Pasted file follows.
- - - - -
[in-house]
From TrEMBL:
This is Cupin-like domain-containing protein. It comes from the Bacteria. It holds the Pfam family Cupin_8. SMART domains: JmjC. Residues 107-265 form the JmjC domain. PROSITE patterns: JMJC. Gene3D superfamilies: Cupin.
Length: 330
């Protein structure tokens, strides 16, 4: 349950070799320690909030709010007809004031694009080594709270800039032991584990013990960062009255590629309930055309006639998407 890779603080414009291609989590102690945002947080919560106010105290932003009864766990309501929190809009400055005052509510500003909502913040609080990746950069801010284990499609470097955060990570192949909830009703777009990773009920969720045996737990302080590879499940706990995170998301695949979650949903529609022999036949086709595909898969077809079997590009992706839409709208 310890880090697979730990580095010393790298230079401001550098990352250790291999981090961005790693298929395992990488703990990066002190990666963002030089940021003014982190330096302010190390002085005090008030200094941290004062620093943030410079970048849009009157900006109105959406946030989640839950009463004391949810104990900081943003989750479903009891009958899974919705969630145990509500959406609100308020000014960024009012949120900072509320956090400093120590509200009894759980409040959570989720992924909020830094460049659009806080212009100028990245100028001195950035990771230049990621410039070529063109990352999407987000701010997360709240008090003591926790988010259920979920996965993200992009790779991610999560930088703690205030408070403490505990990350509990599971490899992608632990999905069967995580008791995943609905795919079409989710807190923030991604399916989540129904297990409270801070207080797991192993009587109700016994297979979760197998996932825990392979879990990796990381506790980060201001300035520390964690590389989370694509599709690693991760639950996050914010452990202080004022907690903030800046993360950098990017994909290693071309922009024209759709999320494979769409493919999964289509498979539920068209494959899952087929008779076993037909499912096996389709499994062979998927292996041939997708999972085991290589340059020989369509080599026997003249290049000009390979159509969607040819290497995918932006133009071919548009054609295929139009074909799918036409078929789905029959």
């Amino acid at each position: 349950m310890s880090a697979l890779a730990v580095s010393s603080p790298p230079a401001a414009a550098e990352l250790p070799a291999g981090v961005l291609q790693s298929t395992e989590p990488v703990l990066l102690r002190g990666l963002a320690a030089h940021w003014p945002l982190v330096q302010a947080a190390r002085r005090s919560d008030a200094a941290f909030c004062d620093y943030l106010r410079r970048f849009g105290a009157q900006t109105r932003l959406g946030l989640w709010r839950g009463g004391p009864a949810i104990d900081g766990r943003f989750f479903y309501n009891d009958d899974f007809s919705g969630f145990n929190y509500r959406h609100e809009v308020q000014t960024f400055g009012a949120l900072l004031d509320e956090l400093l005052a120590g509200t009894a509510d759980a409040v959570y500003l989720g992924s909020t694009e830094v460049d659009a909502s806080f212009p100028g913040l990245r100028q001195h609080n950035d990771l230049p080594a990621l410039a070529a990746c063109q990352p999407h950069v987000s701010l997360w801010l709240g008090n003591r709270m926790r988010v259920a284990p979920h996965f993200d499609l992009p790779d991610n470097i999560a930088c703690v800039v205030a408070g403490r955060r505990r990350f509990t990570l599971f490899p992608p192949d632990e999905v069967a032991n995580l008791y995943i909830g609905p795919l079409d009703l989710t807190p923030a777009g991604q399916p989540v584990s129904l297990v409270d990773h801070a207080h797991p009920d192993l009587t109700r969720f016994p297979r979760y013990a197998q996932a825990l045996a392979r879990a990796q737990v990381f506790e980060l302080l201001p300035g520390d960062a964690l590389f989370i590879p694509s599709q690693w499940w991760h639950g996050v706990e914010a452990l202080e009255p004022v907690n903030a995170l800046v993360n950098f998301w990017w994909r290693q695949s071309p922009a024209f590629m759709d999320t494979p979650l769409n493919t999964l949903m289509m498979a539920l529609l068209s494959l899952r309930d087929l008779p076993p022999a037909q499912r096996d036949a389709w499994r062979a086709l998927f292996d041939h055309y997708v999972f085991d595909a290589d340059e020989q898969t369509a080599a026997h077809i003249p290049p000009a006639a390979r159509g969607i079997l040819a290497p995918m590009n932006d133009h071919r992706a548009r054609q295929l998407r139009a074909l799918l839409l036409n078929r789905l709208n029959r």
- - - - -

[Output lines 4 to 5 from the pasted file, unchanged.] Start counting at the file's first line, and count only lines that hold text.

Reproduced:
Length: 330
């Protein structure tokens, strides 16, 4: 349950070799320690909030709010007809004031694009080594709270800039032991584990013990960062009255590629309930055309006639998407 890779603080414009291609989590102690945002947080919560106010105290932003009864766990309501929190809009400055005052509510500003909502913040609080990746950069801010284990499609470097955060990570192949909830009703777009990773009920969720045996737990302080590879499940706990995170998301695949979650949903529609022999036949086709595909898969077809079997590009992706839409709208 310890880090697979730990580095010393790298230079401001550098990352250790291999981090961005790693298929395992990488703990990066002190990666963002030089940021003014982190330096302010190390002085005090008030200094941290004062620093943030410079970048849009009157900006109105959406946030989640839950009463004391949810104990900081943003989750479903009891009958899974919705969630145990509500959406609100308020000014960024009012949120900072509320956090400093120590509200009894759980409040959570989720992924909020830094460049659009806080212009100028990245100028001195950035990771230049990621410039070529063109990352999407987000701010997360709240008090003591926790988010259920979920996965993200992009790779991610999560930088703690205030408070403490505990990350509990599971490899992608632990999905069967995580008791995943609905795919079409989710807190923030991604399916989540129904297990409270801070207080797991192993009587109700016994297979979760197998996932825990392979879990990796990381506790980060201001300035520390964690590389989370694509599709690693991760639950996050914010452990202080004022907690903030800046993360950098990017994909290693071309922009024209759709999320494979769409493919999964289509498979539920068209494959899952087929008779076993037909499912096996389709499994062979998927292996041939997708999972085991290589340059020989369509080599026997003249290049000009390979159509969607040819290497995918932006133009071919548009054609295929139009074909799918036409078929789905029959």